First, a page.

|blackline_mod (blackline_mod) wrote in rp_tutorials,|
@ 2009-06-17 13:53:00
|Entry tags:||images: formats|
Image types, what to save as and why!
|Saving images can be confusing for a lot of people. If you have Photoshop, Paint Shop Pro or Gimp, you are provided with tons of options for how to save your images, most of them with strange extension names which generally don't make much sense to any of us. If we get to the happy save for web option, we still have three main types that are used: .JPEG, .GIF and .PNG which is still a confusing list of choices for most of us. Want to know which file type is right for your graphic? Read on!|
First off, .jpeg vs .gif.
.JPEG is a good choice for saving images with lots of complex colors or tonal changes, and can support up to 16 million colors. That's a lot of colors. Basically, .jpeg is a good choice for saving photographs, illustrations, most of the things we use for advertising graphics or PB graphics.
.JPEG is a bad choice for saving images which are mostly text or line art, as it will not effectively save a crisp/clean line, and will often produce 'artifacting', or those little blotches of slightly distorted color around a line.
.GIF is your only choice for saving animated images. .GIF is also a good choice for saving images which are mostly text, for things like text headers, website buttons, and lineart. This is because it is a lossess saving system and will produce crisp, sharp lines and no artifacting. GIF also allows for saving images with transparency.
.GIF is a bad choice for saving photographs or images with complex colors, as it can only support 256 colors, so trying to save a photo will result in squares of the same color, rather than a nice smooth transition from one color to the next. Also, the color you see before you save a .GIF may not be the exact color after you save it, depending on if .GIF supports that color or not.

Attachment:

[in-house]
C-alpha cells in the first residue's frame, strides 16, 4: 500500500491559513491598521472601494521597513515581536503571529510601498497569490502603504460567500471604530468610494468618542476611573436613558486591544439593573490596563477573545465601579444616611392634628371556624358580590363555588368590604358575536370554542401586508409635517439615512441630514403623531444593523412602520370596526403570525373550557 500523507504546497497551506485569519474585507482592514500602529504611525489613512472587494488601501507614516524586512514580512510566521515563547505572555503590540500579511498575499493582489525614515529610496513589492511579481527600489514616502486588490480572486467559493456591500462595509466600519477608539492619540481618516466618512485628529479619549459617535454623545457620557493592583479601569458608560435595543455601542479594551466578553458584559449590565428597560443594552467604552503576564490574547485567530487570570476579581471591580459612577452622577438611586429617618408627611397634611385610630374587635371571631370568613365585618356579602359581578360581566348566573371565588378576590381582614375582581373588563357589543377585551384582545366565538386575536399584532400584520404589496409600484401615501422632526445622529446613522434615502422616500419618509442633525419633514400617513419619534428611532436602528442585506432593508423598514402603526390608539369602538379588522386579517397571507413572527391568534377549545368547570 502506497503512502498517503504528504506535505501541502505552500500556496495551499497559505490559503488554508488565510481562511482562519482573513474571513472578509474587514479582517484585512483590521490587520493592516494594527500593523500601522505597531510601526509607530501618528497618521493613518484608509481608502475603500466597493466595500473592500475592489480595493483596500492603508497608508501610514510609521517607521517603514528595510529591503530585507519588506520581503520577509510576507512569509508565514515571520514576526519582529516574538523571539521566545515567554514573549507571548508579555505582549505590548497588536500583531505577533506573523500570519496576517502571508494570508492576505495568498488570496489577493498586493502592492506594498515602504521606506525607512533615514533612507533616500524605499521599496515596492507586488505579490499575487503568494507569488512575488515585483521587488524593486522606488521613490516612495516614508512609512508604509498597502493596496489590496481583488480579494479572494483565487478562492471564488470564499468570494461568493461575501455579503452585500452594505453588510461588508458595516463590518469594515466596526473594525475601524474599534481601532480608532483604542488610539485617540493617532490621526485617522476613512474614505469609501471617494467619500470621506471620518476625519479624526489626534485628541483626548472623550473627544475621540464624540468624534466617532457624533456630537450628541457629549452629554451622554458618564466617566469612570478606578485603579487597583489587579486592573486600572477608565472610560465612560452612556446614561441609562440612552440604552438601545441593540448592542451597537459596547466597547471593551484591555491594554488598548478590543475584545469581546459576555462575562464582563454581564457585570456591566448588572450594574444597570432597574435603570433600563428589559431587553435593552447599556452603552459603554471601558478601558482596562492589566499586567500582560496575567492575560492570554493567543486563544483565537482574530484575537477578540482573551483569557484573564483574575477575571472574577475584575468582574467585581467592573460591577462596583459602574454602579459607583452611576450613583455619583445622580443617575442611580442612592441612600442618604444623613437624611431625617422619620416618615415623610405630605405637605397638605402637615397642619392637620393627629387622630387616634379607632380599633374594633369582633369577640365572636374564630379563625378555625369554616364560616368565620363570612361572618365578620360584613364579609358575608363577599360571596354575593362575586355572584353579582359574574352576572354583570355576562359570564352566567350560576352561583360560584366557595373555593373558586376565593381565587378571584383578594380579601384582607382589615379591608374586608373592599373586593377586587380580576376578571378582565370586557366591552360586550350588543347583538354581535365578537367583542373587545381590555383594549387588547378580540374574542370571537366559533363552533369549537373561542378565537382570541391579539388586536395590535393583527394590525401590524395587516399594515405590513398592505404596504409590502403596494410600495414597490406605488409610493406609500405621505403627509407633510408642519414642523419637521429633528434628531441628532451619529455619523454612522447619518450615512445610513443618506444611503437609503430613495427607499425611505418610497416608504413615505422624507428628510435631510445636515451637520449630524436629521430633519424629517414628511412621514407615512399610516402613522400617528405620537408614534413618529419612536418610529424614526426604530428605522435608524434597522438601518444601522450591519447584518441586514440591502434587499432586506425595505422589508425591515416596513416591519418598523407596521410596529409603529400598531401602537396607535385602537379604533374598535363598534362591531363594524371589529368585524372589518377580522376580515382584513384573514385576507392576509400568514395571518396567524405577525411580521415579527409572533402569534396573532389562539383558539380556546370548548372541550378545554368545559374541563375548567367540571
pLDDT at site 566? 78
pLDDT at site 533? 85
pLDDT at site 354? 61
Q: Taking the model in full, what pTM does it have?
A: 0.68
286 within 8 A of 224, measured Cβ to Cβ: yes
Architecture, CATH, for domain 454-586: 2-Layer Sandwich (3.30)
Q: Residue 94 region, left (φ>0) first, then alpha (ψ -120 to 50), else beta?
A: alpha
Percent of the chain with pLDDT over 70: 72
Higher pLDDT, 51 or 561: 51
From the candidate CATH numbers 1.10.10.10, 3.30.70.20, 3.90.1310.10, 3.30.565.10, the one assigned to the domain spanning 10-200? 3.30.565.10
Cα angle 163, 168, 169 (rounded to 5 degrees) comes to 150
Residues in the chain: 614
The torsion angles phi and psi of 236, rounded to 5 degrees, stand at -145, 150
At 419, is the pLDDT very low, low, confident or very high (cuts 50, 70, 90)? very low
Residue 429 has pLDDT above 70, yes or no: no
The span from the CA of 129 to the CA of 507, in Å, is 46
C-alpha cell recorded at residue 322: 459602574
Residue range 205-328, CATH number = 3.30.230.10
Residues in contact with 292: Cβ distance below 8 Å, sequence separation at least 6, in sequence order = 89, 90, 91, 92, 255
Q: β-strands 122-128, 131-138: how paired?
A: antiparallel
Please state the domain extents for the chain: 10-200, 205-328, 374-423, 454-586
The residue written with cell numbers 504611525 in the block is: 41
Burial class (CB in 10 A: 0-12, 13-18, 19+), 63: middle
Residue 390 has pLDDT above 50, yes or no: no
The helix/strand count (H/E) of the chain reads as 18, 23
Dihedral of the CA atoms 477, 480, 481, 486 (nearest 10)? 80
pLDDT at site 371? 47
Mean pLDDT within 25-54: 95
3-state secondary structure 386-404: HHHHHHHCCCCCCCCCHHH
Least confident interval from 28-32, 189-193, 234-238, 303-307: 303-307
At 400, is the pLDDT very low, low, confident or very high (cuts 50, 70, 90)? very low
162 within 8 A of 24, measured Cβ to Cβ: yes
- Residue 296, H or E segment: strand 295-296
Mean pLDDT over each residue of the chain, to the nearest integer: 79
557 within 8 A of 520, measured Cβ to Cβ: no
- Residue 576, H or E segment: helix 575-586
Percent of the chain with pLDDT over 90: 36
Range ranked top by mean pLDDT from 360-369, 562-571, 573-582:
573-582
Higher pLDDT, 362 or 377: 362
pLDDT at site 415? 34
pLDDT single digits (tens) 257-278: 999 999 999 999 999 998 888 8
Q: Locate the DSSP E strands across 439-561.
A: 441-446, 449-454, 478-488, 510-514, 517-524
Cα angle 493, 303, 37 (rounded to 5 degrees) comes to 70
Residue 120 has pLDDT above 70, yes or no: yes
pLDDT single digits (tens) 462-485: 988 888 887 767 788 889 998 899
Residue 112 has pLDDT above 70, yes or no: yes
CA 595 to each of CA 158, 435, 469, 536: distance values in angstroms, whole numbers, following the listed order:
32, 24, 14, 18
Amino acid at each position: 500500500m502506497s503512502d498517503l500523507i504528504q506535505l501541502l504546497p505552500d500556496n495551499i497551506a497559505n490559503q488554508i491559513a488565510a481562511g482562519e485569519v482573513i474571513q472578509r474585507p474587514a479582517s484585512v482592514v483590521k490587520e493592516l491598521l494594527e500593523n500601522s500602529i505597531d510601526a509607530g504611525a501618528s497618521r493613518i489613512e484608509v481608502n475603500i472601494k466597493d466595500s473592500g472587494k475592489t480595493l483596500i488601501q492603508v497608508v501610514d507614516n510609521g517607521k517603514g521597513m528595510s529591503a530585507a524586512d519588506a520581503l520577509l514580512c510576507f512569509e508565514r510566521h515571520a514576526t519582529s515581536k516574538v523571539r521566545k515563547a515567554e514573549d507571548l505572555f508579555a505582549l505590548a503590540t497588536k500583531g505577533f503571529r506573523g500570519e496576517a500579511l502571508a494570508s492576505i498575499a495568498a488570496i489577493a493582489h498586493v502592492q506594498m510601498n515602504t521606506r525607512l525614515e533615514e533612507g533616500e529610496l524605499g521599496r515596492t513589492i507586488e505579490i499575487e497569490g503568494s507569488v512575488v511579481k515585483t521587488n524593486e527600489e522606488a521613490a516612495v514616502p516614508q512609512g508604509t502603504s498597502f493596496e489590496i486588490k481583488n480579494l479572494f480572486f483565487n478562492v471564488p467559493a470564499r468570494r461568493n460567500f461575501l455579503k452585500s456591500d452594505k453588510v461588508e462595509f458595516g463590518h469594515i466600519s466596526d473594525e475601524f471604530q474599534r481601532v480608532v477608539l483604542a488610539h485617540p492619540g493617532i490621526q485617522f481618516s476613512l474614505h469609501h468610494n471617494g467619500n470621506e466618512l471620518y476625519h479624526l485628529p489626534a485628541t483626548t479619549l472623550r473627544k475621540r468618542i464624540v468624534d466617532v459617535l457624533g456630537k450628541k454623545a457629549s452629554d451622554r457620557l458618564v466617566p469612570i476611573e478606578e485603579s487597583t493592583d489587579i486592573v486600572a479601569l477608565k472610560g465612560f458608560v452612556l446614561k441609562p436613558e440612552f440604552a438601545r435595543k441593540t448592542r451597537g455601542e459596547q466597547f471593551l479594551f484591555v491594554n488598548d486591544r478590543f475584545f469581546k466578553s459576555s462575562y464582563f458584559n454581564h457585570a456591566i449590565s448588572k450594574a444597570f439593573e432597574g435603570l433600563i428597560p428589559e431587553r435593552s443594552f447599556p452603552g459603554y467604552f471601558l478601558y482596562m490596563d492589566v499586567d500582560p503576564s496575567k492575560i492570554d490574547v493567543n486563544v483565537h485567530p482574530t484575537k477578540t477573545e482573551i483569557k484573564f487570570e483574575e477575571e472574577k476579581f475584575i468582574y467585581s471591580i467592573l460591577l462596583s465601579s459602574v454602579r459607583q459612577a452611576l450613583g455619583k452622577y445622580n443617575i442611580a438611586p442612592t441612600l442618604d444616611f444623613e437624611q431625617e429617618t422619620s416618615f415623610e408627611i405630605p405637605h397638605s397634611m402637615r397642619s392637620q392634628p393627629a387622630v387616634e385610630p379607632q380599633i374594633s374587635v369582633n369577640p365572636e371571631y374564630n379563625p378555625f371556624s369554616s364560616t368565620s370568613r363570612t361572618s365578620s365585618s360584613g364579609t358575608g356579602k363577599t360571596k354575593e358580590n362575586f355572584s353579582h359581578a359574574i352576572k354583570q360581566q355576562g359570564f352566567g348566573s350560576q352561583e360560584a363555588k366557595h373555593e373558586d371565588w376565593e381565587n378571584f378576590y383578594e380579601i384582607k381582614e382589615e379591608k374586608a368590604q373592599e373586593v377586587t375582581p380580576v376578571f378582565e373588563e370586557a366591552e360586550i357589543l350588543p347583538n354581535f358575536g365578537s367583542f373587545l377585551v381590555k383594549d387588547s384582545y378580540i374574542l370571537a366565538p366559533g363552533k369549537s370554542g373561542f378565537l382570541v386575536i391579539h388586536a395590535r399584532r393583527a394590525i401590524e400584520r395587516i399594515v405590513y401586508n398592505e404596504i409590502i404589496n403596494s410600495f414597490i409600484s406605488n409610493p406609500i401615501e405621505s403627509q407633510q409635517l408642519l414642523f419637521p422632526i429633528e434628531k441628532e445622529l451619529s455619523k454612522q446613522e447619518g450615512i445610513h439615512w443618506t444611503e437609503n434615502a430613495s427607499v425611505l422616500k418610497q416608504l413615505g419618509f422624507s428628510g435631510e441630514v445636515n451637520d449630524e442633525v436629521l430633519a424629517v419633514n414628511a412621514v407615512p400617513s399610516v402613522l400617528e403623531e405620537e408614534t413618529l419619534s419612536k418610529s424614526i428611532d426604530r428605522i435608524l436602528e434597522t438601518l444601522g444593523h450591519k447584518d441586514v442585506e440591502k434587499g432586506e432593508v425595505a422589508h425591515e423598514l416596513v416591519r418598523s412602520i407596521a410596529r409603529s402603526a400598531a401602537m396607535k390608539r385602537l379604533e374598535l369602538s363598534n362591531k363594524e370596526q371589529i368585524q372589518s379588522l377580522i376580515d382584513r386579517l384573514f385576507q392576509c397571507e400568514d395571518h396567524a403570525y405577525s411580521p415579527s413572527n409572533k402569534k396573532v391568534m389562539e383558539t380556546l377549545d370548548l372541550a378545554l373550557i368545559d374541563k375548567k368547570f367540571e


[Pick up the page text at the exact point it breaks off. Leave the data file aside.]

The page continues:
In more recent Internet history, a third option has entered the ring: .PNG.
.PNG is a new format developed as an alternative for .GIF. .PNG almost always compresses images to a smaller size than does .GIF. It can support Alpha Channels (a special kind of transparency) and transparencies and has become a favorite saving format for icons, which usually have a smaller color pallet. This is the saving method of the future, simply put. Sounds like the ideal saving method, right? Sadly, this is not entirely true.
.PNG is still considered a 'new' saving method and some browsers do not support it, which causes transparencies to not truly be transparent. Also, some coding/sites will pick up the Alpha Channel and give your lovely transparent image a solid black background with an ugly, jagged outline. Note that this is some and not all, and most browsers do now support .PNG, so it is generally a pretty safe use. Just be aware that someone who has not updated their browser might see a non-transparent image if you use a .PNG.
The short and sweet:
.GIF is your only option for animations
Hope someone finds this useful. :3
Want more reading? Here you go:
JPG vs GIF vs PNG
Gif vs JPG - This includes images as examples of why to use one format over the other